Also, I thought the Bulls plan worked well.

Though Duncan was impressive, he wasn’t able to beat them alone. The Bulls limited their double teaming of Duncan in the first half, and then used an old defensive tactic we saw a lot of with the defenses of the championship years with the middle closing and help coming late off the baseline to make passing out difficult for Duncan.

The Bulls did a good job of slowing Parker’s penetration by loading up the middle and recovered to the shooters so well the three point guys for the Spurs—four of 21—were short arming their attempts as the Bulls closed fast.

“We have unselfish guys and guys playing for the right reasons,” said Noah. “Sometimes you’ve got to sacrifice your offense and stick together on defense and (if we do) I think we’ll be pretty tough.”

After Rose showed in the second quarter he was fine with a highlight, crowd gasping spin and twist move, the Bulls took control after halftime. Thomas hit a pair of jumpers, one off deep Rose penetration and a pass. Noah followed a miss after three offensive rebounds and the Bulls closed a 21-6 run with Hinrich firing behind his back to Miller on top, who faked a shot to draw both Duncan and Antonio McDyess and then hit Thomas underneath for a slam dunk.

The Bulls led 74-64 after three quarters and then held off the Spurs, leading 87-76 with about three minutes left coming out of a timeout. The pass went in to Miller, who faked a shot, drawing Duncan. Miller then slashed, sort of, to the basket for a layup. Yes, it was the dagger. A Miller drive.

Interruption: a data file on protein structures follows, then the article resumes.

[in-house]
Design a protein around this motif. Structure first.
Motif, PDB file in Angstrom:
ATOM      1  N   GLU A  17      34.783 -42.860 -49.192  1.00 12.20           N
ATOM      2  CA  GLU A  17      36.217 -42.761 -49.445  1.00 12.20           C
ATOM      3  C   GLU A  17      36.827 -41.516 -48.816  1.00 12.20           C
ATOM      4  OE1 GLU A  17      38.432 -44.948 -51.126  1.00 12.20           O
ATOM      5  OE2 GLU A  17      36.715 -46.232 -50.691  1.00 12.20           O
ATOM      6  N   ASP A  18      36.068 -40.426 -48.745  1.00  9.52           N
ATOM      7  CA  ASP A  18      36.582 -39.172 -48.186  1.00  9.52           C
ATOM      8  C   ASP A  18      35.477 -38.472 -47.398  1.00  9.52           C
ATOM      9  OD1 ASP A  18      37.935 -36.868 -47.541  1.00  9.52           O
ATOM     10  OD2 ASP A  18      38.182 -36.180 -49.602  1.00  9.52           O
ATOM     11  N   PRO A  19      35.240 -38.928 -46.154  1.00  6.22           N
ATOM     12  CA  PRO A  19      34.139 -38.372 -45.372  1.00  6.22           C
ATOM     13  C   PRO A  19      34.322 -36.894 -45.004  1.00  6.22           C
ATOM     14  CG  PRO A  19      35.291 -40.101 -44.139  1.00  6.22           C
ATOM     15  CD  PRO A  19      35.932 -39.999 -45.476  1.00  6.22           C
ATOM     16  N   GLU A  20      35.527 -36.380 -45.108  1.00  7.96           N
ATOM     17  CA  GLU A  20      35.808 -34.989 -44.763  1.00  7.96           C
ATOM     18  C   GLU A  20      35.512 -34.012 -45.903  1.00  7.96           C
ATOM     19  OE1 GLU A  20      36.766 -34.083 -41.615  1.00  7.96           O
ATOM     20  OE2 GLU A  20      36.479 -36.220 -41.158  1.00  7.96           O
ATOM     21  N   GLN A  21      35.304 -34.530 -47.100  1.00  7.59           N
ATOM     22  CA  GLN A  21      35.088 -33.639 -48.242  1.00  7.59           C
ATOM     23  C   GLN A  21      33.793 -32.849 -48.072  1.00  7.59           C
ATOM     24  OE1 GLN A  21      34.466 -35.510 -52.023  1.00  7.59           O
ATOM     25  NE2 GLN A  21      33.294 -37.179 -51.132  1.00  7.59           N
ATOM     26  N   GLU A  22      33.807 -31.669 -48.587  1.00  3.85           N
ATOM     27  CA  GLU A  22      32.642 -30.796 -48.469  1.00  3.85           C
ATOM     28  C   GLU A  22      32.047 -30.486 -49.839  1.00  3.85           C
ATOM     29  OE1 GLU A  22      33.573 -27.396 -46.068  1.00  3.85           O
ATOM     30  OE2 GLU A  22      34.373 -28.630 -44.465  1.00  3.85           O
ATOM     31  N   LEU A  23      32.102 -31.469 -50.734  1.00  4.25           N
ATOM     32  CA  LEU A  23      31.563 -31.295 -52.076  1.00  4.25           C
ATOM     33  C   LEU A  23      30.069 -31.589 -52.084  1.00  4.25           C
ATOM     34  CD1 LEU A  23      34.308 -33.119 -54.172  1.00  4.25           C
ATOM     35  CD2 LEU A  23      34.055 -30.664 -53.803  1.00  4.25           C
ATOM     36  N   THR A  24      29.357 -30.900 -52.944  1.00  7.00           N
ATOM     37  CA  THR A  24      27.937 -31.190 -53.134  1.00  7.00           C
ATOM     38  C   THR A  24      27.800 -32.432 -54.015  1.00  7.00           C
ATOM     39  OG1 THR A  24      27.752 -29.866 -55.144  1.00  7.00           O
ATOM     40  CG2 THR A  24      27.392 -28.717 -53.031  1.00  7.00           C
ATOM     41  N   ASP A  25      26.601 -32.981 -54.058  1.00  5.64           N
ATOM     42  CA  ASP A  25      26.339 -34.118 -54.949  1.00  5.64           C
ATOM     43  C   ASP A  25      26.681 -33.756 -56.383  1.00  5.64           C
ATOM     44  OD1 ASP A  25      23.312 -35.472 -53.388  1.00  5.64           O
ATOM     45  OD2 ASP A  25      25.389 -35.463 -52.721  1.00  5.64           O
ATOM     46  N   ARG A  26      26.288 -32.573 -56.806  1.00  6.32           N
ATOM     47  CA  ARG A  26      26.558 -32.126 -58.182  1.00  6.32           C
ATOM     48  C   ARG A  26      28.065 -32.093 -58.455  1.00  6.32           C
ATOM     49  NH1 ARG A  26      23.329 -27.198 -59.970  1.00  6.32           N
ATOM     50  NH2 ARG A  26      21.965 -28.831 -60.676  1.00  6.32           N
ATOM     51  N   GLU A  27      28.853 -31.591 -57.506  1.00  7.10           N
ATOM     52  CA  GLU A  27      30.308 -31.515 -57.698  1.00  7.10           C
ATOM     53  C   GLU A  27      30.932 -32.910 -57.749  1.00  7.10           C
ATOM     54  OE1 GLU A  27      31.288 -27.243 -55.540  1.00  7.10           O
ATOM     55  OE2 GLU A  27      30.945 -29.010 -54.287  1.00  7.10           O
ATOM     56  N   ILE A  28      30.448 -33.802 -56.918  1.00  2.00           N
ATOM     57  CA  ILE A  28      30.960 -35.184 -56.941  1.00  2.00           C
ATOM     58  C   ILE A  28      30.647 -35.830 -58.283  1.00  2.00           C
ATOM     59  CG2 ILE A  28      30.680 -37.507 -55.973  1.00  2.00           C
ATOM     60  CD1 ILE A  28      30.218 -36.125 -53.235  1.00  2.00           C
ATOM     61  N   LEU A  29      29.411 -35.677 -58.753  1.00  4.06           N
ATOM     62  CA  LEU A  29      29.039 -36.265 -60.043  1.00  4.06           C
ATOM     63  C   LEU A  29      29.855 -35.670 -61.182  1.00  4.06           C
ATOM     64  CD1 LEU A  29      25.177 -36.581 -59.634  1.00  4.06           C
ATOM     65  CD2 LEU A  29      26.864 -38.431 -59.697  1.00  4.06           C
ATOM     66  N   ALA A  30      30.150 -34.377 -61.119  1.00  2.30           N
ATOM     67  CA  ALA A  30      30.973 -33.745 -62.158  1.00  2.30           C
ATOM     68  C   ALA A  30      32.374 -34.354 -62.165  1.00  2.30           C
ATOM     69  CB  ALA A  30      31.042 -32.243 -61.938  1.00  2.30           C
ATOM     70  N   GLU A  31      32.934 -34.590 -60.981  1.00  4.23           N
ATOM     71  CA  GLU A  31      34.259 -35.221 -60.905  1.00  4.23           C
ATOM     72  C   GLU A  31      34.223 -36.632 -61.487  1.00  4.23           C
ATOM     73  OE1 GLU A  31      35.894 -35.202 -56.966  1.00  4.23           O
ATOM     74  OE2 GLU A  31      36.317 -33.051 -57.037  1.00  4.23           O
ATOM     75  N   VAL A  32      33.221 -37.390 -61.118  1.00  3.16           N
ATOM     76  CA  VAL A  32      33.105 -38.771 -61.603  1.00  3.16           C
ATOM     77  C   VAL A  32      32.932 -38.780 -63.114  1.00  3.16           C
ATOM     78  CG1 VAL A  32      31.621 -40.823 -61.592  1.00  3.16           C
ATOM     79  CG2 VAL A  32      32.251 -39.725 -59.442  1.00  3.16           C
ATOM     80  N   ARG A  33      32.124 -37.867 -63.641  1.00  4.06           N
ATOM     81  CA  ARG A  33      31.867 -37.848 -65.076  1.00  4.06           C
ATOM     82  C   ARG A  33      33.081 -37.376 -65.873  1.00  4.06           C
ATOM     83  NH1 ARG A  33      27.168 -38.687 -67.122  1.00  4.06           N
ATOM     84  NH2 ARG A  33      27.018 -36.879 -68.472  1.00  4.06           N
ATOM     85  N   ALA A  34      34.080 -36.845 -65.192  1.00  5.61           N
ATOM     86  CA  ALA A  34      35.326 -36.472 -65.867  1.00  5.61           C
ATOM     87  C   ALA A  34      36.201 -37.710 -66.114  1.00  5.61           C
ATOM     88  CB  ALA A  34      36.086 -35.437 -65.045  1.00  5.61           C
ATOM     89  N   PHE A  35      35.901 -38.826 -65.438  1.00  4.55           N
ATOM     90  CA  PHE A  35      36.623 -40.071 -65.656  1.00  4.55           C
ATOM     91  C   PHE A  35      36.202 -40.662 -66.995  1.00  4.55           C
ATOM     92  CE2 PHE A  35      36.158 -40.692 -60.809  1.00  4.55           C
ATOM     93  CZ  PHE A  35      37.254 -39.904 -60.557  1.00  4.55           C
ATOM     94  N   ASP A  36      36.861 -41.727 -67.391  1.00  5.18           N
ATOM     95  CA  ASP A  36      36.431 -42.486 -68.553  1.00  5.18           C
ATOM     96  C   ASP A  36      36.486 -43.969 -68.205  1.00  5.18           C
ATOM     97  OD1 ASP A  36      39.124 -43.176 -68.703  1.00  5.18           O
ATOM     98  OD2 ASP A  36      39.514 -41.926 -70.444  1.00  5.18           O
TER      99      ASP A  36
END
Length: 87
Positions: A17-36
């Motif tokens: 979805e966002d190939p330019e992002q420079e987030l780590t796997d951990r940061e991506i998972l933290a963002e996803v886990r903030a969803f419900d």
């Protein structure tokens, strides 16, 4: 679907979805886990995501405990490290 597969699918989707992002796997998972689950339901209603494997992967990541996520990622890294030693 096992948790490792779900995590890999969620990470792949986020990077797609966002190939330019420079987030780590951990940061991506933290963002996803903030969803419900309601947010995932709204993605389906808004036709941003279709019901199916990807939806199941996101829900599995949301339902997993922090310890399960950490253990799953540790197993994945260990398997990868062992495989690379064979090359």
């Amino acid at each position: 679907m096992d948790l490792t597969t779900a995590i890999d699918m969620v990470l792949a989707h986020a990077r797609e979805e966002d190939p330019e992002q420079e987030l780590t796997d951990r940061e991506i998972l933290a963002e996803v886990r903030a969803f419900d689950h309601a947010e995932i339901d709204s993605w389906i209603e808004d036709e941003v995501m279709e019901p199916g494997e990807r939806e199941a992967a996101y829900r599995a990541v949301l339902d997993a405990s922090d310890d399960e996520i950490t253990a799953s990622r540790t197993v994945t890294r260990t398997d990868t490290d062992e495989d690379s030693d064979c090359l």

Popovich got up immediately to send his reserves into the game and pull the rest of his starters.

“Just happened that way,” said Miller. “Just a high pick and roll and I just went. I shoot enough to try to get him to do that.”

Yes, it was a fun evening all around for the Bulls as rookie Taj Gibson was first off the bench and had six points and six rebounds in outplaying the lately touted DeJuan Blair, whose six points and four rebounds mostly came late after the game was decided.

Blair talked before the game about how he was surprised he wasn’t selected by the Bulls after draft visits to Chicago.

“I just went out and worked my minutes,” said Gibson, who said he and Blair talked before the game and are friendly. I just tried to fill in the gaps. The coach said he was happy the way I played and I’m glad we won.”

It was a nice touch before the game as the Bulls players were introduced and ran in down the rows from the first level to the court, slapping high fives with fans along the way.

Now it’s off Friday to Boston, where the Bulls felt they took some slapping around in that classic playoff series last spring. But now Kevin Garnett is back and the Celtics already are 2-0 and looking impressive.

“Now let’s see how we do it with 20,000 cheering against us,” said Noah. “It’s exciting. We’re looking forward to it. They’re very talented. Everyone saw the games so far. They’re very good defensively. KG is KG. Bringing ‘sheed in there, they’re definitely better than they were last year. It’s up to us to show them we can compete and compete in there.”

The Bulls showed them last spring, and the way they look for now perhaps they can surprise the Celtics again.

What do you think? Leave a comment below: